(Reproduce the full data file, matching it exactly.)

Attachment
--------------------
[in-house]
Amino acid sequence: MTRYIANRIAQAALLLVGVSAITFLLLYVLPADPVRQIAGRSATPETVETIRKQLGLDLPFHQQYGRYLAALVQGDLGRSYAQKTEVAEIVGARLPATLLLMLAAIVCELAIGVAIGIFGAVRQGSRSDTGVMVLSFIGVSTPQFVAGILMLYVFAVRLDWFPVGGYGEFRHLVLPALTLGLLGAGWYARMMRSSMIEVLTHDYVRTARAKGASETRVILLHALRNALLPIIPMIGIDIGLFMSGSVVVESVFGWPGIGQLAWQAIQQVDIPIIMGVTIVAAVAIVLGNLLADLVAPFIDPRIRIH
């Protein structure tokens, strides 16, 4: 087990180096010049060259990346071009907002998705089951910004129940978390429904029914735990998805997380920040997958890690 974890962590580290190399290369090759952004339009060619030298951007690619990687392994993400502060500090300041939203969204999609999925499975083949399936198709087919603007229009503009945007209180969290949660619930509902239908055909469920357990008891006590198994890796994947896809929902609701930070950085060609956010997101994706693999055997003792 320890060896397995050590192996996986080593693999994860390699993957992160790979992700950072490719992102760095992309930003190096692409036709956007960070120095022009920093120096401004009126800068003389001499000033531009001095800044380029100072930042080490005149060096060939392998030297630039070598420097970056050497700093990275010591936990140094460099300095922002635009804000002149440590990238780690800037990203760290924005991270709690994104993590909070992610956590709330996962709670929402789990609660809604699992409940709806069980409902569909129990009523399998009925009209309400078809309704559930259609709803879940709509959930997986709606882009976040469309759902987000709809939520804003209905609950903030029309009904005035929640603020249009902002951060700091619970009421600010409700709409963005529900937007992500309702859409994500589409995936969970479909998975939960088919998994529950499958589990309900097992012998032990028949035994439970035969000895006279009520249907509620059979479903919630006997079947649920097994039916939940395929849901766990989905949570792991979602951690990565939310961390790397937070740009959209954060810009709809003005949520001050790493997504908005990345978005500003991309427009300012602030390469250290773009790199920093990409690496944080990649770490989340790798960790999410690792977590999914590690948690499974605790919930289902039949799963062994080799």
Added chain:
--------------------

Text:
[in-house]
Amino acid sequence: MTRYIANRIAQAALLLVGVSAITFLLLYVLPADPVRQIAGRSATPETVETIRKQLGLDLPFHQQYGRYLAALVQGDLGRSYAQKTEVAEIVGARLPATLLLMLAAIVCELAIGVAIGIFGAVRQGSRSDTGVMVLSFIGVSTPQFVAGILMLYVFAVRLDWFPVGGYGEFRHLVLPALTLGLLGAGWYARMMRSSMIEVLTHDYVRTARAKGASETRVILLHALRNALLPIIPMIGIDIGLFMSGSVVVESVFGWPGIGQLAWQAIQQVDIPIIMGVTIVAAVAIVLGNLLADLVAPFIDPRIRIH
């Protein structure tokens, strides 16, 4: 087990180096010049060259990346071009907002998705089951910004129940978390429904029914735990998805997380920040997958890690 974890962590580290190399290369090759952004339009060619030298951007690619990687392994993400502060500090300041939203969204999609999925499975083949399936198709087919603007229009503009945007209180969290949660619930509902239908055909469920357990008891006590198994890796994947896809929902609701930070950085060609956010997101994706693999055997003792 320890060896397995050590192996996986080593693999994860390699993957992160790979992700950072490719992102760095992309930003190096692409036709956007960070120095022009920093120096401004009126800068003389001499000033531009001095800044380029100072930042080490005149060096060939392998030297630039070598420097970056050497700093990275010591936990140094460099300095922002635009804000002149440590990238780690800037990203760290924005991270709690994104993590909070992610956590709330996962709670929402789990609660809604699992409940709806069980409902569909129990009523399998009925009209309400078809309704559930259609709803879940709509959930997986709606882009976040469309759902987000709809939520804003209905609950903030029309009904005035929640603020249009902002951060700091619970009421600010409700709409963005529900937007992500309702859409994500589409995936969970479909998975939960088919998994529950499958589990309900097992012998032990028949035994439970035969000895006279009520249907509620059979479903919630006997079947649920097994039916939940395929849901766990989905949570792991979602951690990565939310961390790397937070740009959209954060810009709809003005949520001050790493997504908005990345978005500003991309427009300012602030390469250290773009790199920093990409690496944080990649770490989340790798960790999410690792977590999914590690948690499974605790919930289902039949799963062994080799």
Added chain: